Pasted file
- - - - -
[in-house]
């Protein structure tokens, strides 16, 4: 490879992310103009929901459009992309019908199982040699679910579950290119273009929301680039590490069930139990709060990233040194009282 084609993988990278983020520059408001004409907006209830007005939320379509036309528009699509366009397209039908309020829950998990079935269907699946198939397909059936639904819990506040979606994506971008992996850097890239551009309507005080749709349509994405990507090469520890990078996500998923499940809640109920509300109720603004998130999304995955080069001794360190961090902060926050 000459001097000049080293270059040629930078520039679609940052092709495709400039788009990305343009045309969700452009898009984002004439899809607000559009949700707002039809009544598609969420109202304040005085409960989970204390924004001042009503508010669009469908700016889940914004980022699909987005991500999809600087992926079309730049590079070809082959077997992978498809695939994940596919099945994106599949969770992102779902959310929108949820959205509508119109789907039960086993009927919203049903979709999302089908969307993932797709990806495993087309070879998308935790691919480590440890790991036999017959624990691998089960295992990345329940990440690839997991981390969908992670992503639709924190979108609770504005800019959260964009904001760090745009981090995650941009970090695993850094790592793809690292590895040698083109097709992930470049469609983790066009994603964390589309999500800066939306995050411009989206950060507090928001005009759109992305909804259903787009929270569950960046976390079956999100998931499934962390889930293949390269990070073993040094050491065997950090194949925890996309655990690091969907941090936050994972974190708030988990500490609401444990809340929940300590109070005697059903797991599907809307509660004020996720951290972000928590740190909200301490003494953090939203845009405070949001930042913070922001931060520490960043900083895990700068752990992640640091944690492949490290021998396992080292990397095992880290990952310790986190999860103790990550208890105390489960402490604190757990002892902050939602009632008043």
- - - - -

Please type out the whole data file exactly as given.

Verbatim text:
[in-house]
């Protein structure tokens, strides 16, 4: 490879992310103009929901459009992309019908199982040699679910579950290119273009929301680039590490069930139990709060990233040194009282 084609993988990278983020520059408001004409907006209830007005939320379509036309528009699509366009397209039908309020829950998990079935269907699946198939397909059936639904819990506040979606994506971008992996850097890239551009309507005080749709349509994405990507090469520890990078996500998923499940809640109920509300109720603004998130999304995955080069001794360190961090902060926050 000459001097000049080293270059040629930078520039679609940052092709495709400039788009990305343009045309969700452009898009984002004439899809607000559009949700707002039809009544598609969420109202304040005085409960989970204390924004001042009503508010669009469908700016889940914004980022699909987005991500999809600087992926079309730049590079070809082959077997992978498809695939994940596919099945994106599949969770992102779902959310929108949820959205509508119109789907039960086993009927919203049903979709999302089908969307993932797709990806495993087309070879998308935790691919480590440890790991036999017959624990691998089960295992990345329940990440690839997991981390969908992670992503639709924190979108609770504005800019959260964009904001760090745009981090995650941009970090695993850094790592793809690292590895040698083109097709992930470049469609983790066009994603964390589309999500800066939306995050411009989206950060507090928001005009759109992305909804259903787009929270569950960046976390079956999100998931499934962390889930293949390269990070073993040094050491065997950090194949925890996309655990690091969907941090936050994972974190708030988990500490609401444990809340929940300590109070005697059903797991599907809307509660004020996720951290972000928590740190909200301490003494953090939203845009405070949001930042913070922001931060520490960043900083895990700068752990992640640091944690492949490290021998396992080292990397095992880290990952310790986190999860103790990550208890105390489960402490604190757990002892902050939602009632008043």